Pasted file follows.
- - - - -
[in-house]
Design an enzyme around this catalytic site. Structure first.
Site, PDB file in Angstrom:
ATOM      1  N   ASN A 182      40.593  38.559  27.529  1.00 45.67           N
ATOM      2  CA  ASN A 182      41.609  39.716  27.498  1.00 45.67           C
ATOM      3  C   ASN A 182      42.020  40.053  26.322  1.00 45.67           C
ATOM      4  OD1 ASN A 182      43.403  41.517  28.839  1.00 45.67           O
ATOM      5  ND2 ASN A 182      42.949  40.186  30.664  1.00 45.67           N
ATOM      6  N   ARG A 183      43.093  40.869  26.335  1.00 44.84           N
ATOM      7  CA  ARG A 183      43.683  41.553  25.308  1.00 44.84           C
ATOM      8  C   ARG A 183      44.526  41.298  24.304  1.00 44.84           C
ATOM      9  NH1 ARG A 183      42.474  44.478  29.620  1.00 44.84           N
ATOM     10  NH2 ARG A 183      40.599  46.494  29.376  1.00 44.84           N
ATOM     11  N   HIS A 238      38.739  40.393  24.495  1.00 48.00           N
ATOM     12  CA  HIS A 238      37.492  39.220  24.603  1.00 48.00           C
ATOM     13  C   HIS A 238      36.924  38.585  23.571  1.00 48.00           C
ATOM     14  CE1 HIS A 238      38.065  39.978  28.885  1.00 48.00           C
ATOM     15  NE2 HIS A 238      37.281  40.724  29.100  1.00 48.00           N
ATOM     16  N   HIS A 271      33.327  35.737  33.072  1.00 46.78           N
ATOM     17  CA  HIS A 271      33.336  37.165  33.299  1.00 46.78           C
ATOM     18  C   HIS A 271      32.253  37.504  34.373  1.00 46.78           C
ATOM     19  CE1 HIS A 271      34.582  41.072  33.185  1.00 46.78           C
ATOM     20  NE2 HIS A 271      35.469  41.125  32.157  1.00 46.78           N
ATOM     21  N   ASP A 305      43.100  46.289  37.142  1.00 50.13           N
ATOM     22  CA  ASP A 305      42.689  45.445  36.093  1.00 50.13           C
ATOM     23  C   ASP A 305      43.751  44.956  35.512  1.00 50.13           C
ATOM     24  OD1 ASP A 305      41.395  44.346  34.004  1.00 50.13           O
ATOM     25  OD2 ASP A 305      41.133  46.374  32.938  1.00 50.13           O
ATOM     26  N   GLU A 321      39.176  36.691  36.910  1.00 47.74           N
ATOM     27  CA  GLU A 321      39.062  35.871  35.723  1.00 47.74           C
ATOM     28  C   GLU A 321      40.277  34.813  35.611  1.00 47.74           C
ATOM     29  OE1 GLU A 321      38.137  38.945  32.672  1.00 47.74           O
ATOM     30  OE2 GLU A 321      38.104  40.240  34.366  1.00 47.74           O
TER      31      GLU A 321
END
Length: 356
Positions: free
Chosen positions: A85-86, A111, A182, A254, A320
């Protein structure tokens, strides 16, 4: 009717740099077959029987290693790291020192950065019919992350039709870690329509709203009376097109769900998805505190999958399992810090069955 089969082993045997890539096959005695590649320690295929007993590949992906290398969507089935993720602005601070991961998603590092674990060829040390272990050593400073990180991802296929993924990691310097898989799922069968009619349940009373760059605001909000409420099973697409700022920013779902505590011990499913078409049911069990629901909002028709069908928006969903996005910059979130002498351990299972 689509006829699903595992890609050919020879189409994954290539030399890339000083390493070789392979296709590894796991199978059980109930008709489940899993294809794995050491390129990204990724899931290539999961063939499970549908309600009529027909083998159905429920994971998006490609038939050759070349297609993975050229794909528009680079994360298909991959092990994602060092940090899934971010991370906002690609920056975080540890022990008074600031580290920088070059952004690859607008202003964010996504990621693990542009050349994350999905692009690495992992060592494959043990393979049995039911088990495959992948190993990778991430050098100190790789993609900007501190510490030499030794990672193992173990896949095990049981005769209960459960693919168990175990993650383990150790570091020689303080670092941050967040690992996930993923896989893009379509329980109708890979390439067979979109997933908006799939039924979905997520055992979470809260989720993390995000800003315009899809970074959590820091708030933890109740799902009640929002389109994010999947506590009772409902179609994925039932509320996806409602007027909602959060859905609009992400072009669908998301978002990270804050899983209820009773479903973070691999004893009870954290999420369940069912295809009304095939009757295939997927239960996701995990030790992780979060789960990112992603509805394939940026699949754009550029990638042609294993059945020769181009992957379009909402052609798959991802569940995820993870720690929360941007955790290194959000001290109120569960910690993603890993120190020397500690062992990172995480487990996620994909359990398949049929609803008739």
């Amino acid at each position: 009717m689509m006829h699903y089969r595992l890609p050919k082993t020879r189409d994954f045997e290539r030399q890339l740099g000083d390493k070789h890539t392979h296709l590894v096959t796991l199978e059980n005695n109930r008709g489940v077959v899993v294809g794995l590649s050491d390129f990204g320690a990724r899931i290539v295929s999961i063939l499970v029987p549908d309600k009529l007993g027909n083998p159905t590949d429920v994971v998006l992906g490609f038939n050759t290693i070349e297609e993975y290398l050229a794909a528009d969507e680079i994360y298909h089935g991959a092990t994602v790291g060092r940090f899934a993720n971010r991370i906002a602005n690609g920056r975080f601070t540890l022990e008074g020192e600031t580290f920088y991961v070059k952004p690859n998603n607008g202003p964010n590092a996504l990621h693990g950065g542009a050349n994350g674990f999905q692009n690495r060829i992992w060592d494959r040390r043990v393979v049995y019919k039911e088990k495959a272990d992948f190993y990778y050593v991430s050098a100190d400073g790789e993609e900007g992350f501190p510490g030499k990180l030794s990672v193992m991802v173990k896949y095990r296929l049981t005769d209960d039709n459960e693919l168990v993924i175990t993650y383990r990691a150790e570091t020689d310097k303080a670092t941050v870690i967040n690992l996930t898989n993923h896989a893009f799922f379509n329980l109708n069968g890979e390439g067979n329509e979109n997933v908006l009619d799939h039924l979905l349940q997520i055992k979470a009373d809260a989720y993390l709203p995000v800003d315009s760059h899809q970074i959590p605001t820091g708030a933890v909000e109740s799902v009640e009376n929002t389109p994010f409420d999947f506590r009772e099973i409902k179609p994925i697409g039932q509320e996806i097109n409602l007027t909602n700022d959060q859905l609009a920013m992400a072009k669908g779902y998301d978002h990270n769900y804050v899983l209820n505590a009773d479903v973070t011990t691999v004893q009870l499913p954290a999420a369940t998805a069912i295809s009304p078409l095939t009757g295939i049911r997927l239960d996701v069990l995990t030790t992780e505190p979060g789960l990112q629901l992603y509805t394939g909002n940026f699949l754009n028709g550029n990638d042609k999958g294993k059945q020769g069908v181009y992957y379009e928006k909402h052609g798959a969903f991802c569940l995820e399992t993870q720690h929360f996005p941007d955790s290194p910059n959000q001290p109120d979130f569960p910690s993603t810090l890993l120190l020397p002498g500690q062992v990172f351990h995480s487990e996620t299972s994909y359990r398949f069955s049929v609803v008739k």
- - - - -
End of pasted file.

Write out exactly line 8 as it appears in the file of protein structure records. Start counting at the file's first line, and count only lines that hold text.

ATOM      5  ND2 ASN A 182      42.949  40.186  30.664  1.00 45.67           N